To begin with this we first need to know what are the four C's of credit which are character, capacity, capital and collateral. Character refers to the financial history of the borrower (Murray(a)); this means that we need to access the financial data of the company. Druthers Forming Limited gets between 30% and 70% of their sales from Sheppard Homes which is basically one of their family businesses. Due to this reason most of the other builders in the market are very reluctant to give the company any business. Most of Druthers suppliers offered them 30 to 60 day credit term and they did the same as well but the problem with this as mentioned before in the earlier section is that they still ended up paying their creditors before the received any cash from the debtors. This also means that the company has always paid their creditors and even if we take a look at the long term debt of the company they have been paying their debts at a consistent pace.

Capacity refers to the ability of the business to generate revenues in order to pay back the loan (Murray(b)). As mentioned before the company did make a loss in the year 2007 and the sales of the company has fallen drastically in a span of three years. This is not the only problem they are having as the cash flow is also not doing very well and unless some changes are done they will keep on having bad cash flow.

Capital refers to the capital assets of the business such as machinery and equipment, etc. (Murray(c)) If we look at the balance sheet for the year 2007, we can see that the fixed asset consists of only land and construction in progress which is not much compared to what normally the company's fixed assets tend to be.

Collateral is the cash and assets a business owner pledges owner pledges to secure a loan (Murray(d)). As mentioned before the company has not much fixed assets and this means that they do not have any asset to give as security for the loan but as we already know that the company needs the money to purchase a building we can consider it as a guarantee for the loan.

Now we need to evaluate several options (deny the loan, grant the request or defer the request) available to the lender to determine which option is the best for this decision.

As mentioned in the question we need to consider three options the first option is to deny the loan which considering the companies past would be a better choice as the company has made a loss in 2007, in addition they do not have a good cash flow and last but not the least they have no assets to offer as security which is imposible for a bank to give a loan without a security. The second option to grant the request as mentioned would not be wise but there is some hope in terms of this as we could consider the building that will be purchased as security so that in case of any failure to pay, we could consider the building as payment for the loan but by the looks of things the company has never really failed to pay their long term loans and this is a good sign for any bank. The last option to defer the loan and this may actually be the best option as the company does not have enough funds to pay the bank plus they have no security to properly cover the loan. The best thing would be either to wait for another six months to a year to see the status of the company's finance and then the company could put in another request.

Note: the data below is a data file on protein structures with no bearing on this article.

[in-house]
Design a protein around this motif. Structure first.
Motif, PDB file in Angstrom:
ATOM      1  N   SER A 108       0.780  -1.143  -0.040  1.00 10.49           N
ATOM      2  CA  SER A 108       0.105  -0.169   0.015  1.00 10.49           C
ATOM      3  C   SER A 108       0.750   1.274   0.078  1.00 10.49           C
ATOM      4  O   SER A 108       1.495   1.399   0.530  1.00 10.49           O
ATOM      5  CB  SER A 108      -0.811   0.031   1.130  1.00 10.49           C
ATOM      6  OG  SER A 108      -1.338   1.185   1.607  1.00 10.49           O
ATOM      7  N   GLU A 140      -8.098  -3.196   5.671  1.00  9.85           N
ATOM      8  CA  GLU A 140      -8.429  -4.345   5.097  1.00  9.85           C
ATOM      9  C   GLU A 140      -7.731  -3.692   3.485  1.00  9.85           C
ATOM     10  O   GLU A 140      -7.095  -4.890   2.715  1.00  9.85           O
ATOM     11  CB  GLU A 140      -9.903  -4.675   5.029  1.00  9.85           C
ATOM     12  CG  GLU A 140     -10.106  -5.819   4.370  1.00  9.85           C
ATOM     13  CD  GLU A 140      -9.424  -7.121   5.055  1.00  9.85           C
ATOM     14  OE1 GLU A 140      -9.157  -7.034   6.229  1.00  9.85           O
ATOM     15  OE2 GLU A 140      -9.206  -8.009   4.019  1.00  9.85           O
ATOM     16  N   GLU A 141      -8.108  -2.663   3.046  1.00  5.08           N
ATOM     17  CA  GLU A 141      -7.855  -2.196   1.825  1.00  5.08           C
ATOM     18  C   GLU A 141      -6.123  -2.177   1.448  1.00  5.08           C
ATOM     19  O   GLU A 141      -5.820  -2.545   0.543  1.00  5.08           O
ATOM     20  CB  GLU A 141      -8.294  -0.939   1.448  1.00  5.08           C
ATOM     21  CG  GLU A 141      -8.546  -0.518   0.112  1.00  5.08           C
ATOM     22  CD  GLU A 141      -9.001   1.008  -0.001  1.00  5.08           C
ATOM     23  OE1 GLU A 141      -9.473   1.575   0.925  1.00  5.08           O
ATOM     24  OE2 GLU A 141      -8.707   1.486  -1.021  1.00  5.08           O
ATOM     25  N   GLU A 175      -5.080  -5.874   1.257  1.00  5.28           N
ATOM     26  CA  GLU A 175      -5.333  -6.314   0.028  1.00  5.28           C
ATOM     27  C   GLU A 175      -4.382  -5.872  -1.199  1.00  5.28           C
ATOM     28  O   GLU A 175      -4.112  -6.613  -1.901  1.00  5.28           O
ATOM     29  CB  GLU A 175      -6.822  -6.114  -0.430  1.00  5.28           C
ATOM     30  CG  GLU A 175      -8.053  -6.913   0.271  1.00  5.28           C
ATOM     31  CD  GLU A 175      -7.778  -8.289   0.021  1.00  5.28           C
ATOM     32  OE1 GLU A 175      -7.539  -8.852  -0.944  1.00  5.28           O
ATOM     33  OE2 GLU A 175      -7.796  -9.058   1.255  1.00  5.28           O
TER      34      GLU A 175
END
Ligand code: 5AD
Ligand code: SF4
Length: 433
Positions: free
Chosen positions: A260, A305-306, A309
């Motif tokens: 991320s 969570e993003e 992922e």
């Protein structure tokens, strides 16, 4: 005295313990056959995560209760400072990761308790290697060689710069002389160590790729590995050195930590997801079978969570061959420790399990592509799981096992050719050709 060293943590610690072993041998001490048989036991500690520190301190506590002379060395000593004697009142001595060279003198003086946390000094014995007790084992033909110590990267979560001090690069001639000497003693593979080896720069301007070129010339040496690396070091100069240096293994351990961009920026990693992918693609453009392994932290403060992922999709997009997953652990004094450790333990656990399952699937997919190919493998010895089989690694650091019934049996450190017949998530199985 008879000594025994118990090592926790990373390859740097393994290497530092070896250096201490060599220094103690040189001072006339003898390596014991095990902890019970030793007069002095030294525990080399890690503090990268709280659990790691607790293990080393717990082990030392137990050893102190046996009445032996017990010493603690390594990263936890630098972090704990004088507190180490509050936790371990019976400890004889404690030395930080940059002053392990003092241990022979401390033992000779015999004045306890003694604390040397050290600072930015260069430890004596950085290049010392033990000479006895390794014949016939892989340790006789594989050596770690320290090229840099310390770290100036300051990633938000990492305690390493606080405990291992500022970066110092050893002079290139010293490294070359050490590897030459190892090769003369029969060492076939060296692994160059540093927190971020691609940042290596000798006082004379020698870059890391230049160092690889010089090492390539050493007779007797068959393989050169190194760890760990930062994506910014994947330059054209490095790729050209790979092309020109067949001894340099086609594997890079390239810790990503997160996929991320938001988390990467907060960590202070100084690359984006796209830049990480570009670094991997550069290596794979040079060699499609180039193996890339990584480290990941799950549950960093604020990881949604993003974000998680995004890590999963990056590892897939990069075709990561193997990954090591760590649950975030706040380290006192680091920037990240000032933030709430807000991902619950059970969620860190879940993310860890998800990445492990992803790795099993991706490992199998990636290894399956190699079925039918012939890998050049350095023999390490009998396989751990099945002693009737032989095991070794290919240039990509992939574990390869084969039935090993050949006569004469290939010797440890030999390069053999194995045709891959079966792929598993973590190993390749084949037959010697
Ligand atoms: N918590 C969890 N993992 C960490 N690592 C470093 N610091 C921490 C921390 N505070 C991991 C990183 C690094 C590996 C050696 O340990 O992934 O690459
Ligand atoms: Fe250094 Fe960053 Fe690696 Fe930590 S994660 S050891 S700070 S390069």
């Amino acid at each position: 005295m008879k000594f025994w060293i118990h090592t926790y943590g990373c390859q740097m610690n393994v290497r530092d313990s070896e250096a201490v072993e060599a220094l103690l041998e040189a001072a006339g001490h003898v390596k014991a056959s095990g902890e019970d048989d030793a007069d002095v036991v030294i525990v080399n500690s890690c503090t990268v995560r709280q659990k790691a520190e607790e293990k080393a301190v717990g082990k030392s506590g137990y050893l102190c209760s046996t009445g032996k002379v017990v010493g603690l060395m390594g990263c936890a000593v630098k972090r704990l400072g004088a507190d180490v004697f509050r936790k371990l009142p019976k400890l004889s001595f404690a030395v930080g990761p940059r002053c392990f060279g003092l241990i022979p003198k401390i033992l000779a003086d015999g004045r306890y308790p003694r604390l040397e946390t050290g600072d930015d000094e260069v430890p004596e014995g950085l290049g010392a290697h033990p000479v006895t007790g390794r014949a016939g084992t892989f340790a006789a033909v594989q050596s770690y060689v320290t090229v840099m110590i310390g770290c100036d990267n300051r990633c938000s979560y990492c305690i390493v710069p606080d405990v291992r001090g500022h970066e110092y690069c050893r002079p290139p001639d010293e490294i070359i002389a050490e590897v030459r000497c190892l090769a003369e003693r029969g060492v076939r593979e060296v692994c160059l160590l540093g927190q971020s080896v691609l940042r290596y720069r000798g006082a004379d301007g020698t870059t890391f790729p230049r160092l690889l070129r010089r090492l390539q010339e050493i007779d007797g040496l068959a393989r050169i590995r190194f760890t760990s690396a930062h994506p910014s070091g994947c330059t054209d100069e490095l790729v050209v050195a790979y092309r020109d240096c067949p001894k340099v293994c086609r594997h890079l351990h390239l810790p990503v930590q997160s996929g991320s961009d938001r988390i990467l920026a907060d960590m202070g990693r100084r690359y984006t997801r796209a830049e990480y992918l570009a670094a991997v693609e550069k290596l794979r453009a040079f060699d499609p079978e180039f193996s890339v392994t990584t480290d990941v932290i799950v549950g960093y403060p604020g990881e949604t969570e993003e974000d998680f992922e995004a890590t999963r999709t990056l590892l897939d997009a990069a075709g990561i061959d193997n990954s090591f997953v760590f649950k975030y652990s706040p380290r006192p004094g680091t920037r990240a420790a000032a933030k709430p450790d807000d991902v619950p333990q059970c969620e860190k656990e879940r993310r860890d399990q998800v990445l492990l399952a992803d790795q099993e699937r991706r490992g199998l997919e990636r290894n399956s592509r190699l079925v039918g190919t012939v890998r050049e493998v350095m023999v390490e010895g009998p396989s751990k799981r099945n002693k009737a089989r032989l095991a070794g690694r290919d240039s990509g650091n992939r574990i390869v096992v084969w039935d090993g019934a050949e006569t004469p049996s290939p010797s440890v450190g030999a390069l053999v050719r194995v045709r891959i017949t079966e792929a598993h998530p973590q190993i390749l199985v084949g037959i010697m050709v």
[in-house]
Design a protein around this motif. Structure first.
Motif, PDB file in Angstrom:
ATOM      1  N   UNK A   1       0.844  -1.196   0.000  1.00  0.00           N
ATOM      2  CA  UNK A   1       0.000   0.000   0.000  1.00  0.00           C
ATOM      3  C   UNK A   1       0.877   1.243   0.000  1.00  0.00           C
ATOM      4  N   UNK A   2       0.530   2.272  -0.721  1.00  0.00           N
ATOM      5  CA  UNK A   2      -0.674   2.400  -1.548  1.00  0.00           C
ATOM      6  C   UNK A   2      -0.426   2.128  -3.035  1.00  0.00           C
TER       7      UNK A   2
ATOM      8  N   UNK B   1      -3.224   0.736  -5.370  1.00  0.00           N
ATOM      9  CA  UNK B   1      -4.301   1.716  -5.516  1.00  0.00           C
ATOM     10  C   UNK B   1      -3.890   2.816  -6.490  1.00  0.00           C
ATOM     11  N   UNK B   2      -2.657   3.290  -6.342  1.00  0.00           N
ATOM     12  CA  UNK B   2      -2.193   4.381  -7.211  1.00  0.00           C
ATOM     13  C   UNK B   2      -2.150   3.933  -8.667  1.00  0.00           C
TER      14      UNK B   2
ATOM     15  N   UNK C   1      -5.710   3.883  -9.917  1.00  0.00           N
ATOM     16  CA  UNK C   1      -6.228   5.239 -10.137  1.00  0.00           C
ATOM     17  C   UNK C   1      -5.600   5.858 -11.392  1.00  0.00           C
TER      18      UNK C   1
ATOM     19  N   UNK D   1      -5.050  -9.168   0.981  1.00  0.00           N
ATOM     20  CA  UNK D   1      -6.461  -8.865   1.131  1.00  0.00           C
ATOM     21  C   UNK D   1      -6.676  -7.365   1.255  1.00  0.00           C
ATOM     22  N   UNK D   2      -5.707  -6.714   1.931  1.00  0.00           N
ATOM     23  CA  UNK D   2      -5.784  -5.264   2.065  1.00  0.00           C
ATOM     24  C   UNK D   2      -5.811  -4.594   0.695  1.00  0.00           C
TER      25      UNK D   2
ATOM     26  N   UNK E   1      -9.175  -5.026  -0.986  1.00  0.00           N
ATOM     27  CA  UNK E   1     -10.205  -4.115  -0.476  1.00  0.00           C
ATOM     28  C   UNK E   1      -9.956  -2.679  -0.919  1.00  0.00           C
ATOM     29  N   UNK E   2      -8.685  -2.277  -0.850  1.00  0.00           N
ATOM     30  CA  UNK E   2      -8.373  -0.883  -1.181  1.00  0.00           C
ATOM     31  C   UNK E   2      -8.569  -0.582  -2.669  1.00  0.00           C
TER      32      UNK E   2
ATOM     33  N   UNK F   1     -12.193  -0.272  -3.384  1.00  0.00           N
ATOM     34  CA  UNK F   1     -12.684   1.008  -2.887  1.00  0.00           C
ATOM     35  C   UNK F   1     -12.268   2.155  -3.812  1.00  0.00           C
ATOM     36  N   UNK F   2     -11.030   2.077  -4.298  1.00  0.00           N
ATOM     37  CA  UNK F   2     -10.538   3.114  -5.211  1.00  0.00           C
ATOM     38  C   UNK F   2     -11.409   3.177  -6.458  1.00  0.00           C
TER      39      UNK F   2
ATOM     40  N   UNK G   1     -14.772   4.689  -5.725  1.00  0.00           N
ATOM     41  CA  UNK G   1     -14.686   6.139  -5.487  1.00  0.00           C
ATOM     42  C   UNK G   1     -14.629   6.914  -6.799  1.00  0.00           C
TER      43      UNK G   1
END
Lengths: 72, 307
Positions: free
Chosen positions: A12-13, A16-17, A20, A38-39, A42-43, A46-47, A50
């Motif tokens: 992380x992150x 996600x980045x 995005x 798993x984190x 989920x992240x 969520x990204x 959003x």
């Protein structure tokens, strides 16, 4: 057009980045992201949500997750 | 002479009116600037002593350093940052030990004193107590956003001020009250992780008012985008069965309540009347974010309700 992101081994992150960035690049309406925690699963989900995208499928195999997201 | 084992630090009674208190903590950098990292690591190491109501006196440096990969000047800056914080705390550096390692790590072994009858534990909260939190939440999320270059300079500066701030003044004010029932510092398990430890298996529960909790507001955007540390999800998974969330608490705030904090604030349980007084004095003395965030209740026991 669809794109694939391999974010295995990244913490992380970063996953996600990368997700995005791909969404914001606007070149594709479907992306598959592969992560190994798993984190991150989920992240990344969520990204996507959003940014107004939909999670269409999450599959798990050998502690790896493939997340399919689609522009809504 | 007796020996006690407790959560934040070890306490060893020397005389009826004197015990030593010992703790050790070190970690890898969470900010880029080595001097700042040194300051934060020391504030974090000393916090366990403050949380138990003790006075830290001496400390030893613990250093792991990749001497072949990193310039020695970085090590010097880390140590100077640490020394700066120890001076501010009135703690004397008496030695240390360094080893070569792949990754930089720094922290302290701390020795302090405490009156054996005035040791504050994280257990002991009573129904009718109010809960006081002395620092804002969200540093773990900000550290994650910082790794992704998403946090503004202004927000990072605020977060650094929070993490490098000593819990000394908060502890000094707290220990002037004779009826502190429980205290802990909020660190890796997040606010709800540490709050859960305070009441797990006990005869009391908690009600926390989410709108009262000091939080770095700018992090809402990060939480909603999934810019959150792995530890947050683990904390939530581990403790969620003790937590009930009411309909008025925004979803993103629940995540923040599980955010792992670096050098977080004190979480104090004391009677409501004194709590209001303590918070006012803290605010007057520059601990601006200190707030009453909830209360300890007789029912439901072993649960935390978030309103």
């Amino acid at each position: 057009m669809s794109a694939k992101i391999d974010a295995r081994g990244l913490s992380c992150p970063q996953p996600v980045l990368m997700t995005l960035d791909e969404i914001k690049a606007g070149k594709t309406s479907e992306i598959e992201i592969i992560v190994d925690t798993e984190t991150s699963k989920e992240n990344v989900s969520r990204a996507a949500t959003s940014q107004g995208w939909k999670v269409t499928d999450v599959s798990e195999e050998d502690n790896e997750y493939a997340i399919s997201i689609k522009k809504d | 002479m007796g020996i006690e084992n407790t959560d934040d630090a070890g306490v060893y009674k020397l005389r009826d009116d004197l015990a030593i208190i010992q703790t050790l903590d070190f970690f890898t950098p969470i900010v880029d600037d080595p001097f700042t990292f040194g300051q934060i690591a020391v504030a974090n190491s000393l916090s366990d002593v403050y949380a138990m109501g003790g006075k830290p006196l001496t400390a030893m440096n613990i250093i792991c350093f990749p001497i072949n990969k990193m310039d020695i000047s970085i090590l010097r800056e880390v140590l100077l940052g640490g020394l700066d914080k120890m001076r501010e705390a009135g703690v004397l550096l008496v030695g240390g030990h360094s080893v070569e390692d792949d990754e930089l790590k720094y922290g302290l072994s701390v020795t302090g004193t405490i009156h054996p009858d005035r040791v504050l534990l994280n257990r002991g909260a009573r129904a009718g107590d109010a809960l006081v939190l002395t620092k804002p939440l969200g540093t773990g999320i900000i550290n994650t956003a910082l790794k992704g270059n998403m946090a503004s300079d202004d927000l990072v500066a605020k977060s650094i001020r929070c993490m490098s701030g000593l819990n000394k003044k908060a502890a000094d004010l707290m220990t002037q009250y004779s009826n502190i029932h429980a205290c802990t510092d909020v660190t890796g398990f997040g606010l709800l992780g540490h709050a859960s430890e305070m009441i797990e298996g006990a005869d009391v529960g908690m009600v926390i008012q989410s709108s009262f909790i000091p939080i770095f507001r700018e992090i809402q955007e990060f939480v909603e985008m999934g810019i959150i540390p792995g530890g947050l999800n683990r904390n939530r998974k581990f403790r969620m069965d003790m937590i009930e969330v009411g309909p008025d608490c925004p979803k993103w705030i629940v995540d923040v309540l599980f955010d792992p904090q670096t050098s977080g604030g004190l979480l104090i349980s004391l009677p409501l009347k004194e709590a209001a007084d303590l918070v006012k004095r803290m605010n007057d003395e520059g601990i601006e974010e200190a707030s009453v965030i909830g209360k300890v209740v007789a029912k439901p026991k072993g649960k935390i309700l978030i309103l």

The last question that was asked to us was as Mac Dougall, to decide whether to lend funds and to provide supporting rationale for this decision.

After giving a lot of thinking to this it seems that it would be better that instead of actually giving the whole amount we can come to an agreement that the bank will give a loan of $200,000 for the first year with an interest of 5.8% per year which is $11,600 per year for a span of 10 years and in case the situation of the company is better after six months or a year, we could offer another $150,000 with the same conditions as above but the company will need to give 60% of the ownership of the building to the bank as security for this loan incase of failure to pay. This may not be the best option for Druthers Forming Limited but considering their week cash flow and balance sheet it would be difficult for any bank to offer the total amount of loan without being fully sure that the company can pay the loan and interest.

Bibliography

Murray, J. (n.d.). The 4 C's of Credit for Business Loan. Retrieved August 8, 2010, from About.com: http://biztaxlaw.about.com/od/financingyourstartup/a/4csofcredit.htm

Murray, J. (n.d.). The 4 C's of Credit for Business Loan. Retrieved August 8, 2010, from About.com: http://biztaxlaw.about.com/od/financingyourstartup/a/4csofcredit.htm

Murray, J. (n.d.). The 4 C's of Credit for Business Loans. Retrieved August 8, 2010, from About.com: http://biztaxlaw.about.com/od/financingyourstartup/a/4csofcredit.htm

Murray, J. (n.d.). The 4 C's of Credit for Business Loans . Retrieved August 8, 2010, from About.com: http://biztaxlaw.about.com/od/financingyourstartup/a/4csofcredit.htm